• Bill Weld published a piece in Foreign Affairs saying, “I am running against Trump for the Republican nomination for president in part to return the United States to the stable, bipartisan foreign policy that brought the United States through the Cold War.”

Flashback: October 9, 2015

Hillary Clinton’s campaign had aired around 5,500 TV ads in Iowa and New Hampshire—about one-quarter of ads in the 2016 presidential race to date from any source, including Democratic and Republican candidates, political parties, and super PACs, The Center for Public Integrity reported.

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How did the 2010 elections affect the last redistricting cycle?

Trifecta control changed in 12 states in 2010 where state legislatures were responsible for redistricting

Eleven states are holding gubernatorial elections in 2020, and 44 are holding state legislative elections. In a majority of these states, the officials elected in 2020 will play a part in redrawing legislative maps governing elections for the subsequent 10 years.

The process by which legislative district boundaries are drawn is called redistricting. Every 10 years, the U.S. Census Bureau delivers detailed population datasets to the states. Redistricting authorities in the states use these datasets to redraw congressional, state legislative, and even local district maps.

In 34 states holding state legislative elections in 2020, the legislatures themselves will play a significant role in that state’s 2020 redistricting. In eight of next year’s gubernatorial elections, the winner will have veto authority over the state legislative or congressional district plans approved by legislatures.

Redistricting authorities in the United States

Redistricting authorities in the United States

The 2010 election and redistricting cycle illustrate how elections can affect the redistricting process.

Trifecta control—where one party controls the governorship and both chambers of a state’s legislature— changed as a result of the 2010 elections in 12 states where legislatures were responsible for redistricting. Prior to these elections, seven of the 12 were Democratic trifectas and the rest had divided governments.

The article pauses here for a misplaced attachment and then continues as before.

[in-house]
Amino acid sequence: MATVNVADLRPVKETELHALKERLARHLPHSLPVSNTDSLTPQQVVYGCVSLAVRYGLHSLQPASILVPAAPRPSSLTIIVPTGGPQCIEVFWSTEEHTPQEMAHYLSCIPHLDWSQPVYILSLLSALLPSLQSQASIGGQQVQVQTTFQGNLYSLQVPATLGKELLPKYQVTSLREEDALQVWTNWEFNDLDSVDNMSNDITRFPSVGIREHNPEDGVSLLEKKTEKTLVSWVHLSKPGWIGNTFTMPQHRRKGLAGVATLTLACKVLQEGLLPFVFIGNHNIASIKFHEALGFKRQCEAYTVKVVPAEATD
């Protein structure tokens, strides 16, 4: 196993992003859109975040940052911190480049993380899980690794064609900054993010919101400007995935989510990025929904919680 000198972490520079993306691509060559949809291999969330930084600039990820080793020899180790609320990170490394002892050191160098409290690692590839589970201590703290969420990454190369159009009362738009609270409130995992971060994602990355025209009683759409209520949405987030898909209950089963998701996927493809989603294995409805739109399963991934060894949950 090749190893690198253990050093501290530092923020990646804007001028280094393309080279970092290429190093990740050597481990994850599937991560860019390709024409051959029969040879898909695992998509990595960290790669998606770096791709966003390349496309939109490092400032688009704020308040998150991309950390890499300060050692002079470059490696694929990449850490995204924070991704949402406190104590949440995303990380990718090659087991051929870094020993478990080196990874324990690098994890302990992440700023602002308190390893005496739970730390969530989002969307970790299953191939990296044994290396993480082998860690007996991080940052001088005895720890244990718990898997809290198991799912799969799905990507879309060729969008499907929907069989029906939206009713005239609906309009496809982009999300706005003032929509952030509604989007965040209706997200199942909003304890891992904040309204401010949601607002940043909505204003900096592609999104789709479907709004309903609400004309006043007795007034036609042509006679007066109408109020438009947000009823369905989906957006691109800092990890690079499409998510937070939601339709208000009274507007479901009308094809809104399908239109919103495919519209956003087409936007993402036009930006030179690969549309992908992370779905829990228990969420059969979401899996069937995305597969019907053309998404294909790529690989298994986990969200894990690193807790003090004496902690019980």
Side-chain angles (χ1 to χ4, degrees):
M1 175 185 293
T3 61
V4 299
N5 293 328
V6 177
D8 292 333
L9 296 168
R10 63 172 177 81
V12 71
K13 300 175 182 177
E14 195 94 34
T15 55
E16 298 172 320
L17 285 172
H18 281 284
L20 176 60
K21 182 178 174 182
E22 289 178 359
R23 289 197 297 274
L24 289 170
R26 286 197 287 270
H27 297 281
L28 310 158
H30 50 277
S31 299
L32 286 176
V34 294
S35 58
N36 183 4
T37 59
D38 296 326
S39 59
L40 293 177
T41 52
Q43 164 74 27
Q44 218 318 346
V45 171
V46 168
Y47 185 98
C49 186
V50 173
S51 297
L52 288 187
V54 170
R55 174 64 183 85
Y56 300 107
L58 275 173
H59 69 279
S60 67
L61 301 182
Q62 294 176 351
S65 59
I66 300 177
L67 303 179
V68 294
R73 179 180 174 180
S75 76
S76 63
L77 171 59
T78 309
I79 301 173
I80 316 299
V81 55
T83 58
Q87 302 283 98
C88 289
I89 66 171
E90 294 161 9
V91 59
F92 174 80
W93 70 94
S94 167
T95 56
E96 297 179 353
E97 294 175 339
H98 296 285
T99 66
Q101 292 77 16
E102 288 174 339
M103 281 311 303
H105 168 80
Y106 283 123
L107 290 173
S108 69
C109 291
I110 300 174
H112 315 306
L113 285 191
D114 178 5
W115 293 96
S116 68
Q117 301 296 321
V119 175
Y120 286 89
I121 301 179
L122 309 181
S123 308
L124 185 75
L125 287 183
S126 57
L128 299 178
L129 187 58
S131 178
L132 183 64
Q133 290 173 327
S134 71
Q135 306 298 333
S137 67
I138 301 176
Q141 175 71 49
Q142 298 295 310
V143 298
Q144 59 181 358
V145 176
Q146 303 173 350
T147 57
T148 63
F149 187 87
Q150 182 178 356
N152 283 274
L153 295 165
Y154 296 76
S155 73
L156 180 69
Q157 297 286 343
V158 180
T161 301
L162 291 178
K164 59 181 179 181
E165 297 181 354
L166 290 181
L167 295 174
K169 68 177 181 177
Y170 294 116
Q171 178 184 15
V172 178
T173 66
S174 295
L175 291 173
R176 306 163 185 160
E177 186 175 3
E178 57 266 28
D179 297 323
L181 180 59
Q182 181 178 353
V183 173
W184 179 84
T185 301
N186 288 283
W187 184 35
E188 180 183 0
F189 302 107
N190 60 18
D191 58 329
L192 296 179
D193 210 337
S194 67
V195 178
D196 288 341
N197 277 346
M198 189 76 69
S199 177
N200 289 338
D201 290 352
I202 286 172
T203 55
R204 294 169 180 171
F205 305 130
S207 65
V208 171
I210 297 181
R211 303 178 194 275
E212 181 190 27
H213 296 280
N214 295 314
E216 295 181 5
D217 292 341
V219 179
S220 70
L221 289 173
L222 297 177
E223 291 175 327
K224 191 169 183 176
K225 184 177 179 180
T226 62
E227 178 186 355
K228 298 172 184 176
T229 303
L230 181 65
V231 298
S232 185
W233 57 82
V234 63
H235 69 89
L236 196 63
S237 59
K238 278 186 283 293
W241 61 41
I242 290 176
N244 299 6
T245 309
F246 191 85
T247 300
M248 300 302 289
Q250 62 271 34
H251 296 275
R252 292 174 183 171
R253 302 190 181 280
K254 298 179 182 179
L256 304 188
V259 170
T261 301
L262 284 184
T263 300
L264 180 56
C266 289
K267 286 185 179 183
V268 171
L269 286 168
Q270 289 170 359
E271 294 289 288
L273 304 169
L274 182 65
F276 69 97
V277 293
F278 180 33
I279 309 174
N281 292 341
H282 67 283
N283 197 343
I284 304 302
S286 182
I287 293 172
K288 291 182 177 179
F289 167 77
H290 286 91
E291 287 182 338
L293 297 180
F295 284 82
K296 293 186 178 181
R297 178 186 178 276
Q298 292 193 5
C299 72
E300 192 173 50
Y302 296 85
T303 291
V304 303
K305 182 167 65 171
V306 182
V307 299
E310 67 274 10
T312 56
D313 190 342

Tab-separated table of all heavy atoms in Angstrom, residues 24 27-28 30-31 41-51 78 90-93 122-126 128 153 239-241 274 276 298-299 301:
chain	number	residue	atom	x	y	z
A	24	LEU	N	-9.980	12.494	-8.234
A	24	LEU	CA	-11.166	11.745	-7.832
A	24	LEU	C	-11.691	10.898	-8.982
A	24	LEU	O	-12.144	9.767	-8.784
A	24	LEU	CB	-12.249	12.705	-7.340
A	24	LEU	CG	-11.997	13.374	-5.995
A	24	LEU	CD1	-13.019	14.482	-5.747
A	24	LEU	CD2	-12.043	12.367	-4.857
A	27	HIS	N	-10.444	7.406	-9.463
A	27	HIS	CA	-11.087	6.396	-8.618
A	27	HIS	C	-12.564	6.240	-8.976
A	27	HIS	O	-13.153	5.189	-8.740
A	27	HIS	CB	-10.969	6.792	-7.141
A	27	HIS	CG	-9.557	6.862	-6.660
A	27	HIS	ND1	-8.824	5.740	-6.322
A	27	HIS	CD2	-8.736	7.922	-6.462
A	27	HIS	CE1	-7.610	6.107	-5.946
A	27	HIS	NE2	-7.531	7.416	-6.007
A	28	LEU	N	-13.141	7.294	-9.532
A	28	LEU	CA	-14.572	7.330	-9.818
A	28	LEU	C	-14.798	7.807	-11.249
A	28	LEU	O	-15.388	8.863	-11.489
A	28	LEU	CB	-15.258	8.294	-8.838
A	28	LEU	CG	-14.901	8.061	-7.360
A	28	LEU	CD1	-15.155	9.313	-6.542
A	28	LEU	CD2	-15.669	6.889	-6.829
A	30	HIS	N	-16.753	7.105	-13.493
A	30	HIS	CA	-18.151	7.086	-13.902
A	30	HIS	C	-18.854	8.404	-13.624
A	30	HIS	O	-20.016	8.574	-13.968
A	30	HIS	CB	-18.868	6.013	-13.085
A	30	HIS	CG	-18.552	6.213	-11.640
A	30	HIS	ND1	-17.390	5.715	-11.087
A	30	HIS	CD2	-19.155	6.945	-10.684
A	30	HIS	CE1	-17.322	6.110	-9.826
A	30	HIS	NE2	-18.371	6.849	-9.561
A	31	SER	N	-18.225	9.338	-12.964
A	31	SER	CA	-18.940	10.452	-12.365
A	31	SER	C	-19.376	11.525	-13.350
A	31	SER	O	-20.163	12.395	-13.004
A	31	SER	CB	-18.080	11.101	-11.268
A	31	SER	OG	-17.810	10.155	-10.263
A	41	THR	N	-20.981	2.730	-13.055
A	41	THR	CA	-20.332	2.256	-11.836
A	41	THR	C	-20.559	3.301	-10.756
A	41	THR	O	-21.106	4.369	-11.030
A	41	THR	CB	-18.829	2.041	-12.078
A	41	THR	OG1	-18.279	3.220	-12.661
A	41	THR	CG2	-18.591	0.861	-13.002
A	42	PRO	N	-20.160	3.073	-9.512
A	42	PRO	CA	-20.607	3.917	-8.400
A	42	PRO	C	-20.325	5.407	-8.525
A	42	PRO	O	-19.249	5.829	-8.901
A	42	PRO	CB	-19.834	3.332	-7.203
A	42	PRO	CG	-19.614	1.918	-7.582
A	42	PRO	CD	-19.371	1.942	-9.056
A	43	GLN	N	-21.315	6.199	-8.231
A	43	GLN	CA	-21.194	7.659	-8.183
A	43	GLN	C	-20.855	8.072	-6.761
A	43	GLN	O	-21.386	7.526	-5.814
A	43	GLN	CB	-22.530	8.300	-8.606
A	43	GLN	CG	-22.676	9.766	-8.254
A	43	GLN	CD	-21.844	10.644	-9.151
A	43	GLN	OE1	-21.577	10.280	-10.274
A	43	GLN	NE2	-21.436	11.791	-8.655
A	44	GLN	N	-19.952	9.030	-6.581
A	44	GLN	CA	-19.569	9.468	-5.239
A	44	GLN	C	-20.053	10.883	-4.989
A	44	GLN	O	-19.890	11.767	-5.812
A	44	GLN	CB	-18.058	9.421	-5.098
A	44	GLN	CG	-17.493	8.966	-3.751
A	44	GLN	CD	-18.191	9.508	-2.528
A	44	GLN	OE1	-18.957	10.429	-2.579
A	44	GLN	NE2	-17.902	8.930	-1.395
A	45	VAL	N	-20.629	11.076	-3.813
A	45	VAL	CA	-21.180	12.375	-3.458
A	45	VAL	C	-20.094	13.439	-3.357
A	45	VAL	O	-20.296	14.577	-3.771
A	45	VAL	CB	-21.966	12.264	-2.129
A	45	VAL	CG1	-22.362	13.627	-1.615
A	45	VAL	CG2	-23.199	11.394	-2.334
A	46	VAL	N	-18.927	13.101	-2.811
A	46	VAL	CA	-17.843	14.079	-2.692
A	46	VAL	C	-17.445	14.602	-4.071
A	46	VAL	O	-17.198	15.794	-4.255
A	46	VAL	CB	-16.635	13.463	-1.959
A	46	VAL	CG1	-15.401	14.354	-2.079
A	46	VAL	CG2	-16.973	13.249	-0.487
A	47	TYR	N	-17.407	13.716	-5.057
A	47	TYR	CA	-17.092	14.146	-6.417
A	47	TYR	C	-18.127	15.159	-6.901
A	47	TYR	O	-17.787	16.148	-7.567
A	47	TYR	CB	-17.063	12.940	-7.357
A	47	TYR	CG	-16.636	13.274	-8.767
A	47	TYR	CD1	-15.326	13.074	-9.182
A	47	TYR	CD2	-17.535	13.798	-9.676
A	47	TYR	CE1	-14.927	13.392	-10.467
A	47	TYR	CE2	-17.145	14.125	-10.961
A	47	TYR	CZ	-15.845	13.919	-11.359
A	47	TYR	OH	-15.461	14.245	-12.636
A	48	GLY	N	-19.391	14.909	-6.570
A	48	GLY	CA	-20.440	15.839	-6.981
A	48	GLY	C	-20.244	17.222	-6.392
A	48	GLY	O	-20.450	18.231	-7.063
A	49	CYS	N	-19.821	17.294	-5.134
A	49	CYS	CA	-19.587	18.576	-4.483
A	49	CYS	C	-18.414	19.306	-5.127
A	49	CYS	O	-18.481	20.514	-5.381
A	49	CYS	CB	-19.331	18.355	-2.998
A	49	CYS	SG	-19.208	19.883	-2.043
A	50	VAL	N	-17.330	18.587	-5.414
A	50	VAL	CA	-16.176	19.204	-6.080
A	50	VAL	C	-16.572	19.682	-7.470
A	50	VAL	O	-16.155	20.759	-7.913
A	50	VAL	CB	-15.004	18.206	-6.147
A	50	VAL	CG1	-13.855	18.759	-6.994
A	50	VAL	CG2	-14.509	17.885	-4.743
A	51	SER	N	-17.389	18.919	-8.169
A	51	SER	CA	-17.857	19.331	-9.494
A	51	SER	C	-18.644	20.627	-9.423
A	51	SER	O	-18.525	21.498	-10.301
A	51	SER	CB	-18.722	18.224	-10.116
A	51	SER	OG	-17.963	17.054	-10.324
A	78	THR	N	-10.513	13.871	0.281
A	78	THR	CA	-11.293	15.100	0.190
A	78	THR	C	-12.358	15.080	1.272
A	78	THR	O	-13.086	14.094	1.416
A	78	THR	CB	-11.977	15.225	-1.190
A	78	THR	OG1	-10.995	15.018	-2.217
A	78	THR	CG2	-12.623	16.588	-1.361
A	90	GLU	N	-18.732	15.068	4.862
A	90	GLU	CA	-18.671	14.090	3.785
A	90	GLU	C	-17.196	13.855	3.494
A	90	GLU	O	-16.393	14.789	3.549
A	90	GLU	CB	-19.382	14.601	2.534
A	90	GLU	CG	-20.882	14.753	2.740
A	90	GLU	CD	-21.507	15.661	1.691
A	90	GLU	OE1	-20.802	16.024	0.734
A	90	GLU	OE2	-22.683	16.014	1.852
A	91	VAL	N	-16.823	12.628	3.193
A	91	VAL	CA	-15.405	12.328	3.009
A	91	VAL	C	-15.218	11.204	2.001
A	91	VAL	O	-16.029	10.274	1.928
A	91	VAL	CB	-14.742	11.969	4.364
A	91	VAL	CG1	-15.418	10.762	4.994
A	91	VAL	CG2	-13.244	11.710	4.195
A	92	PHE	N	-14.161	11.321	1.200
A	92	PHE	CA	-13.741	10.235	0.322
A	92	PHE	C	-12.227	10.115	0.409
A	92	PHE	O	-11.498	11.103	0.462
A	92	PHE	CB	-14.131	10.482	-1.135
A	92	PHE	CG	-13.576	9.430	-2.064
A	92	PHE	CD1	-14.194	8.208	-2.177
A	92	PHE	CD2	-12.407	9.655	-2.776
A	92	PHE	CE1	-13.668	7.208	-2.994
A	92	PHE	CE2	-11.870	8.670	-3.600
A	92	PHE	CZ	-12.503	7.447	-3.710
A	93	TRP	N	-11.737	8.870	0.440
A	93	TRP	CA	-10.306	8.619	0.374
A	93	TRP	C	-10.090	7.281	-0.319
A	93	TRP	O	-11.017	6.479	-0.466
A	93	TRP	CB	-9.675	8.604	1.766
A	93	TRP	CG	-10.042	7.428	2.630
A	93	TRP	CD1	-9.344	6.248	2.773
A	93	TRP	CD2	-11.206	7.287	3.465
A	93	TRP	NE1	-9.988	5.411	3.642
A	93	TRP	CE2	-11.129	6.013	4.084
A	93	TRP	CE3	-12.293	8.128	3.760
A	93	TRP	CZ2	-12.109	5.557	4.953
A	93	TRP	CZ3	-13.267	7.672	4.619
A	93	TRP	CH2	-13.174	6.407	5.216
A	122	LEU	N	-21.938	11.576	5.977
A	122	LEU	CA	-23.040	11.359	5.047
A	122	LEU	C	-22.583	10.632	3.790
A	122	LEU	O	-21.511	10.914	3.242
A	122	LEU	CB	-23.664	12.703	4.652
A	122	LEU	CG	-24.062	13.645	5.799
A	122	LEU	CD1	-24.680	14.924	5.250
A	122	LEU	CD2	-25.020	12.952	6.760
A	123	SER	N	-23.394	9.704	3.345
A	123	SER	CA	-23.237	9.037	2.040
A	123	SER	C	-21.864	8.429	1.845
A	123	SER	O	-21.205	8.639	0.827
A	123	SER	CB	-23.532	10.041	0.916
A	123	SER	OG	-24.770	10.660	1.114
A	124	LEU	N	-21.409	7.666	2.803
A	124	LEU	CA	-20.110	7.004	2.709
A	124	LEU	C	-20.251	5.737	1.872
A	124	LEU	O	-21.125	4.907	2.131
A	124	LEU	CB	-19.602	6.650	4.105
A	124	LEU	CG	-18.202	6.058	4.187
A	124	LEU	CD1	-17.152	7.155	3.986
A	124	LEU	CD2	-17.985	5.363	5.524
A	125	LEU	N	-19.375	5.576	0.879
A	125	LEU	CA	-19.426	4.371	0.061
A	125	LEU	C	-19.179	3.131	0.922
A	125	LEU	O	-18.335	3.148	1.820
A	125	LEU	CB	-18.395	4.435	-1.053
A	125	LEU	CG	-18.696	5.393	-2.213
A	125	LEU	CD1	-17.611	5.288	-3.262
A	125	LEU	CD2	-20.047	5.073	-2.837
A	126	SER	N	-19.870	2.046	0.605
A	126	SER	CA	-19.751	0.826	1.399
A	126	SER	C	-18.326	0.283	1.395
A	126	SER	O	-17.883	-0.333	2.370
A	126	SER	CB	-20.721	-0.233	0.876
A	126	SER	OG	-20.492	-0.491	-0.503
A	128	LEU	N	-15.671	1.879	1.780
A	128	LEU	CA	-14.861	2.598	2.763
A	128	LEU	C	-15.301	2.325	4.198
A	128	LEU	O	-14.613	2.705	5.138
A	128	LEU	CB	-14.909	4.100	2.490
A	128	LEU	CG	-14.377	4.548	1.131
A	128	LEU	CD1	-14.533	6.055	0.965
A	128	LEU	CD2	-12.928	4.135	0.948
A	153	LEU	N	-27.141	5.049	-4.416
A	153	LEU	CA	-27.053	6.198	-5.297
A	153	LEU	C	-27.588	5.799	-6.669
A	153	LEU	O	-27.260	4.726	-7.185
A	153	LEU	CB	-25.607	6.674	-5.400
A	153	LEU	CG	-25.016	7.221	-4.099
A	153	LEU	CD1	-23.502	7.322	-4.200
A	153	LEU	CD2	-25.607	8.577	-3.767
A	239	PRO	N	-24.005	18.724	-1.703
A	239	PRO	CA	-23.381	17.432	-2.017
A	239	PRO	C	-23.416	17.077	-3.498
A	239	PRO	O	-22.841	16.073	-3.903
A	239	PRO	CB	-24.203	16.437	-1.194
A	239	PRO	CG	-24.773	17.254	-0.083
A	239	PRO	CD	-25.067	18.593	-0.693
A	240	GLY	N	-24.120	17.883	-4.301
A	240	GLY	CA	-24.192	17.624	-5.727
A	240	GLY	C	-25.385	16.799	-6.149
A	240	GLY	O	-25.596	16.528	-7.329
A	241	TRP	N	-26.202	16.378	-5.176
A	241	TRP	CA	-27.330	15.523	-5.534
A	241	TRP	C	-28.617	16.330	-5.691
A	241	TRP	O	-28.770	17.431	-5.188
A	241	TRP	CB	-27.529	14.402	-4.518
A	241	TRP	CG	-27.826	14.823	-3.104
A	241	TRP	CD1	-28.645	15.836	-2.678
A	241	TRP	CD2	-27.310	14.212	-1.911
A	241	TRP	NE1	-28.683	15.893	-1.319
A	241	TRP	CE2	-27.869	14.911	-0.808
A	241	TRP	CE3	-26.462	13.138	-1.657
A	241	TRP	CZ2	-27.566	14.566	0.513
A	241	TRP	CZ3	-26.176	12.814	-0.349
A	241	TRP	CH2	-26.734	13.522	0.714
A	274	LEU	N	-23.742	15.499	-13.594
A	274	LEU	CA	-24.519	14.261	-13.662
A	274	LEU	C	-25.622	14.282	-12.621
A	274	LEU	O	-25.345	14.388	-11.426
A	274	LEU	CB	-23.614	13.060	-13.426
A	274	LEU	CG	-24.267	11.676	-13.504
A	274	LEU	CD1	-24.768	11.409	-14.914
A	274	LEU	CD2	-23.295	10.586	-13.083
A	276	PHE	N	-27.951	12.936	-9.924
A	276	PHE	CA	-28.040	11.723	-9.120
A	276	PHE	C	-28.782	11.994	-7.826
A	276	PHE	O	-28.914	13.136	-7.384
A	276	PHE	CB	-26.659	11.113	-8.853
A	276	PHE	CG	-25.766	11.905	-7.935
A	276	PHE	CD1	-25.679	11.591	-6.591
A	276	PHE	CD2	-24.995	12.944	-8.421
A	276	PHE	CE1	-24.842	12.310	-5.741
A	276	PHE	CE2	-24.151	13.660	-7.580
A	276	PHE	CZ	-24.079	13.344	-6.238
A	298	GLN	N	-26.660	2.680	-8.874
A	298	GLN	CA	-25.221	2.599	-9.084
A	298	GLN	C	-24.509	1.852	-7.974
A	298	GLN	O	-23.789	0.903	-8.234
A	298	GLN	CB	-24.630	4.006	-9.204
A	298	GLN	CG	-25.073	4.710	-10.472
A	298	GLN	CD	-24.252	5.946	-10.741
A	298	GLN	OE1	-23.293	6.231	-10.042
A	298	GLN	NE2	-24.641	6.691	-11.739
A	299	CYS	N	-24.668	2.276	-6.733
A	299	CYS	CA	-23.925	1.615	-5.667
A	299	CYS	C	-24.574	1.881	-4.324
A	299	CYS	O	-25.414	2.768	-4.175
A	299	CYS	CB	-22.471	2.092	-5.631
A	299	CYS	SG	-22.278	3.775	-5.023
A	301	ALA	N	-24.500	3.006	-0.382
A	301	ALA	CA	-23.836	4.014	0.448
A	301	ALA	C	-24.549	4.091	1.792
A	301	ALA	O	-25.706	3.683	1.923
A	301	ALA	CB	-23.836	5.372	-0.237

• Six states changed from a Democratic trifecta to divided government—Colorado, Iowa, New Hampshire, North Carolina, Oregon, Wisconsin.
  • Five states changed from divided government to a Republican trifecta—Alabama, Indiana, Michigan, Ohio, Pennsylvania.
  • One state—Maine—changed from a Democratic to Republican trifecta.

Of the 12 states which saw trifecta control change in 2010, three—Alabama, Indiana, and Ohio—are currently Republican trifectas. Three states have become Democratic trifectas—Colorado, Oregon, and Maine. The rest are divided governments.

Our briefing yesterday discussed which states have changed their redistricting processes since the 2010 cycle, recent federal and state court decisions regarding partisan gerrymandering, and the upcoming 2020 Census. If you weren’t able to attend, click here to view the recording. 

Learn more

Local Roundup 

At Ballotpedia, we provide election coverage of all officeholders in the nation’s 100 largest cities—including mayors, city council members, and other municipal officers. We also cover every election on the ballot in these cities, such as county officials and local ballot measures.

Here’s our weekly summary of the local news we’re covering. Email me to suggest some interesting local election coverage in your area—I’d love to hear about it!

Raleigh, North Carolina

Former at-large councilwoman Mary-Ann Baldwin finished first with 38% of the vote and attorney Charles Francis finished second with 31% in Raleigh’s mayoral general election October 8. Since no candidate received a majority of the vote in the six-candidate field, a runoff will be held on November 5 if Francis requests it. Second-place finishers have until October 17 to ask for a runoff.

Raleigh also held elections for all seven city council seats—two at-large and five district seats. Six of seven incumbents ran for re-election. Three incumbents won outright in the primary, one was defeated, and two incumbents—at-large councilman Russ Stephenson and District D councilwoman Kay Crowder—qualified for a runoff. Neither Stephenson nor Crowder has said whether they will request a runoff.